In 1995, Washtenaw County Circuit Judge Nancy Wheeler was presiding over the juvenile court where adoptions are ratified. She began to grant second-parent adoptions to same-sex couples who were foster parents. She explained years later:
"I thought that it was an outrage that we encouraged and, in fact, had a lot of gay and lesbian foster parents, but didn't allow both parties to adopt the children. So, these children had been in foster care with these same parents sometimes for a number of years and then they were adopted by one."
Judge Wheeler decided, as paraphrased by a reporter, "if one person could be an adoptive parent, then two could." When she was succeeded in juvenile court by Judge Donald Shelton, he continued to ratify second-parent adoptions. In 2002, however, Michigan Supreme Court Chief Justice Maura Corrigan decided to put a stop to second-parent adoptions by unmarried couples. She contacted the Chief Judge of Washtenaw's county court and directed him to end the practice. Judge Archie Brown complied, issuing a memo (included in the Clearinghouse, dated 6/2/2002) declaring, "Effective immediately the Washtenaw County Trial Court and in particular, the Juvenile Division staff, shall no longer process petitions for second parent adoptions, including any petitions that are currently pending." Judge Brown cited a "legal opinion from an adoption specialist," interpreting the Michigan adoption statute.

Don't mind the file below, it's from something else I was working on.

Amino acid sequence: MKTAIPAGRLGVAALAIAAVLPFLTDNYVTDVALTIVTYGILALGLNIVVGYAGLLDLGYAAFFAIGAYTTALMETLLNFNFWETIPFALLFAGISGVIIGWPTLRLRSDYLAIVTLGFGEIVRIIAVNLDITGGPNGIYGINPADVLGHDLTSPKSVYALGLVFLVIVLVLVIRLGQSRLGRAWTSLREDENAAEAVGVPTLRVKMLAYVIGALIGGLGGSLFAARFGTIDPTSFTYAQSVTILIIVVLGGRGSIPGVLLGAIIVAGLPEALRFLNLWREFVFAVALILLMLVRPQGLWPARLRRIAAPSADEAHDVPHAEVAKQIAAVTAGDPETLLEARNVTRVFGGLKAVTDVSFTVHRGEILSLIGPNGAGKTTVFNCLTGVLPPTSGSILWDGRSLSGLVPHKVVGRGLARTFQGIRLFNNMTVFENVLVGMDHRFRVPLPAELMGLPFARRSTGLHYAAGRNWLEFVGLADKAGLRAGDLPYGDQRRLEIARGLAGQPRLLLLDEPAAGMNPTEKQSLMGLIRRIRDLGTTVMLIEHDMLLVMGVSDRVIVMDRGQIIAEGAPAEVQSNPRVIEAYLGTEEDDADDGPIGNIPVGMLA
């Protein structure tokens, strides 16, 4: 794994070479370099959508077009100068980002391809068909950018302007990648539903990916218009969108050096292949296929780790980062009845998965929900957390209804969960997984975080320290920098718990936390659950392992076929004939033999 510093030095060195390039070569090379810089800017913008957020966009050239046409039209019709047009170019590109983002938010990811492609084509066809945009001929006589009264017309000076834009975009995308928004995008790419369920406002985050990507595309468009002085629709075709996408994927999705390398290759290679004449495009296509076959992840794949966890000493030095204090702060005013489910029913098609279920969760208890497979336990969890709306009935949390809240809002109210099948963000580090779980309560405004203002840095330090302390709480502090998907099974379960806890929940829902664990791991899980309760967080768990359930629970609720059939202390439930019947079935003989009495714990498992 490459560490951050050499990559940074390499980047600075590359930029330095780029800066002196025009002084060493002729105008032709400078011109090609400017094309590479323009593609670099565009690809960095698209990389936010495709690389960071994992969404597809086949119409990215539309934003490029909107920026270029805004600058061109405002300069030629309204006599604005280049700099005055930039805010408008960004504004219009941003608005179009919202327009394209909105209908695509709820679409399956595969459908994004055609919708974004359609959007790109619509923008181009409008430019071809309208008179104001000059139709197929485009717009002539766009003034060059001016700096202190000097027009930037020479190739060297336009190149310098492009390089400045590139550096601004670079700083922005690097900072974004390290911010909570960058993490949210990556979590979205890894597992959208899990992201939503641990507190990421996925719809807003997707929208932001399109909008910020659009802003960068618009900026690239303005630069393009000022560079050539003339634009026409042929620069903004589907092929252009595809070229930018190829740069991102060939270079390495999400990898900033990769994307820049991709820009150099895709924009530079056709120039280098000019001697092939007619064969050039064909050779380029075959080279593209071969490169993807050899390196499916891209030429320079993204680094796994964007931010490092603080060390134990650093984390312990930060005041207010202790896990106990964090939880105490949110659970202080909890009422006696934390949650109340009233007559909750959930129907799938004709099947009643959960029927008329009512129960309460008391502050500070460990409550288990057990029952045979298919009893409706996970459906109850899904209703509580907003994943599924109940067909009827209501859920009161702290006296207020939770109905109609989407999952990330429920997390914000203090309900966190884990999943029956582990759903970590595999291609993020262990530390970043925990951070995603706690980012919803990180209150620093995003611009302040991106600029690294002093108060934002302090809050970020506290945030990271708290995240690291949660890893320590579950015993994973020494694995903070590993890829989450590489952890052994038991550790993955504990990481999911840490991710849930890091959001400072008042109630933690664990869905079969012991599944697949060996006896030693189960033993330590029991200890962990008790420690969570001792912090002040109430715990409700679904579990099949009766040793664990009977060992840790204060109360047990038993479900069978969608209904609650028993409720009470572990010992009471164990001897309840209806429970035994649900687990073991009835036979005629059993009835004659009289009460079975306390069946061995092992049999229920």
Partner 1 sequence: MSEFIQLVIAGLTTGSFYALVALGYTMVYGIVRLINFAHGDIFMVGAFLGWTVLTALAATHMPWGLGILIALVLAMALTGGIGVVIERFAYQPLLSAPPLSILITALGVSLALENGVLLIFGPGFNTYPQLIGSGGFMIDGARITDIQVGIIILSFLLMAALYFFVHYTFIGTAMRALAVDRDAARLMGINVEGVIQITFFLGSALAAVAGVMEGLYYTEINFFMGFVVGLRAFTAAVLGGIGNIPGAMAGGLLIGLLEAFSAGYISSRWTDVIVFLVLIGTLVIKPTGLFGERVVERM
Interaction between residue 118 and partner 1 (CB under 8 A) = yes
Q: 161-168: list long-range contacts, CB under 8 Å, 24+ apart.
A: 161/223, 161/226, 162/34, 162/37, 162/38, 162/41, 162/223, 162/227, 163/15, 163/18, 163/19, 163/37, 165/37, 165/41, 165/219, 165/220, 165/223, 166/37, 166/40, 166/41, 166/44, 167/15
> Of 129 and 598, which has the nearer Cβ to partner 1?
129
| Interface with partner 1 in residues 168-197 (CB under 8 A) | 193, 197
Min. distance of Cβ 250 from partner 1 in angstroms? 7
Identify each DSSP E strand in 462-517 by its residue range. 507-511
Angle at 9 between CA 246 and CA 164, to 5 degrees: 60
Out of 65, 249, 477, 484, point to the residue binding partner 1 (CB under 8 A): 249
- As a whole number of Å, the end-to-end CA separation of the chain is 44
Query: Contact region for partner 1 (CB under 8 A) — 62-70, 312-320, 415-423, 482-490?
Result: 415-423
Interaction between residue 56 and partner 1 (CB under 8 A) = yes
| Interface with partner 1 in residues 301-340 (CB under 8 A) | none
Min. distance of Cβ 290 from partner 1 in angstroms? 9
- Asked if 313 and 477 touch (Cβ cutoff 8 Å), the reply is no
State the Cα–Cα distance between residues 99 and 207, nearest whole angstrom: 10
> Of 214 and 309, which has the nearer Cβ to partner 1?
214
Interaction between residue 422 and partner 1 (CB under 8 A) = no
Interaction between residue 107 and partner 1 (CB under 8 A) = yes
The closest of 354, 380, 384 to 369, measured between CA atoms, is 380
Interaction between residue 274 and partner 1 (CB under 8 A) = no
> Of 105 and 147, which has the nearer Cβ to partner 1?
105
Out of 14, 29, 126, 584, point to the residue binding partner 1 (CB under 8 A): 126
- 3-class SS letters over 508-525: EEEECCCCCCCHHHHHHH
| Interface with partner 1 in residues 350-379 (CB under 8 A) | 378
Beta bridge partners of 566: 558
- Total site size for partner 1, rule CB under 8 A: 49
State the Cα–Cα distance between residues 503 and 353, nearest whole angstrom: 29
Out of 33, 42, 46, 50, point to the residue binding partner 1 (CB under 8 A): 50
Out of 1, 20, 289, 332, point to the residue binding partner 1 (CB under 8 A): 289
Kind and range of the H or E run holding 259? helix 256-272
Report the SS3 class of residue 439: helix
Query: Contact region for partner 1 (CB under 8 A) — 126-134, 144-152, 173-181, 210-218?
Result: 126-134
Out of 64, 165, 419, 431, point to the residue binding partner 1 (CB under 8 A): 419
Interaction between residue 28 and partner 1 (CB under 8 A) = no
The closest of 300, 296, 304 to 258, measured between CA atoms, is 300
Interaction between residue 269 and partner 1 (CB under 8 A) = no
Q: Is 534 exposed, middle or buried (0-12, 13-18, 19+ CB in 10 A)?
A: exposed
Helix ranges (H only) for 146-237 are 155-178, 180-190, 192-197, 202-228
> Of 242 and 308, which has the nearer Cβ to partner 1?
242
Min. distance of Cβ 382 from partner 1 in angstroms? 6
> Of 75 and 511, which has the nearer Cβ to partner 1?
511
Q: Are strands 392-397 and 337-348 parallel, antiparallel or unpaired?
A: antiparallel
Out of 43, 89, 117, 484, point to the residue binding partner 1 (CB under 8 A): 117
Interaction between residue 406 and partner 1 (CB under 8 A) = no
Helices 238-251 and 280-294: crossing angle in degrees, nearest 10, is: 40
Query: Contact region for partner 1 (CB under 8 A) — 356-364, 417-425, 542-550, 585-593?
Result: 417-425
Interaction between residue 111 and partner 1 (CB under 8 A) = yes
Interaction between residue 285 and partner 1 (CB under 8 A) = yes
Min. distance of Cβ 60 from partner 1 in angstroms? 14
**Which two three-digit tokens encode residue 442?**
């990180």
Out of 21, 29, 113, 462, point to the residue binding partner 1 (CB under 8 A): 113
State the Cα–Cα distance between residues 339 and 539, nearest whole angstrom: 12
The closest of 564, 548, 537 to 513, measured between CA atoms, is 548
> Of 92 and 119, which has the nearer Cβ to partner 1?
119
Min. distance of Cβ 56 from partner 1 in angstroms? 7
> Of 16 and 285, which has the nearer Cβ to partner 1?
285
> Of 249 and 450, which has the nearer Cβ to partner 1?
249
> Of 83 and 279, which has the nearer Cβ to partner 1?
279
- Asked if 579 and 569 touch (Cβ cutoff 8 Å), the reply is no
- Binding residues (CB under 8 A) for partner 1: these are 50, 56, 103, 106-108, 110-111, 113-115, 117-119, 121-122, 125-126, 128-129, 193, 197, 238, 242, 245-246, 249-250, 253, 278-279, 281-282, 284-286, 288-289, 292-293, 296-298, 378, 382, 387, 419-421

Judge Shelton, however, pushed back, taking the position that his Chief Judge lacked the authority to dictate on a matter of law. At this point, Judge Brown reassigned all the pending cases to himself. Efforts to disqualify Judge Brown failed, and second-parent adoptions were dead in Washtenaw County. (Two years later, Michigan Attorney General Mike Cox issued an opinion that the statute disallowed joint adoption by unmarried couples. 2004 Mich. OAG No. 7160 (Mich.A.G.), 2004 WL 2096457 (Sept. 14, 2004).) Such adoptions apparently continued in at least one other location, but the Washtenaw episode at least greatly reduced their number, in Michigan, and perhaps all but shut them down. Margo Schlanger - 08/28/2014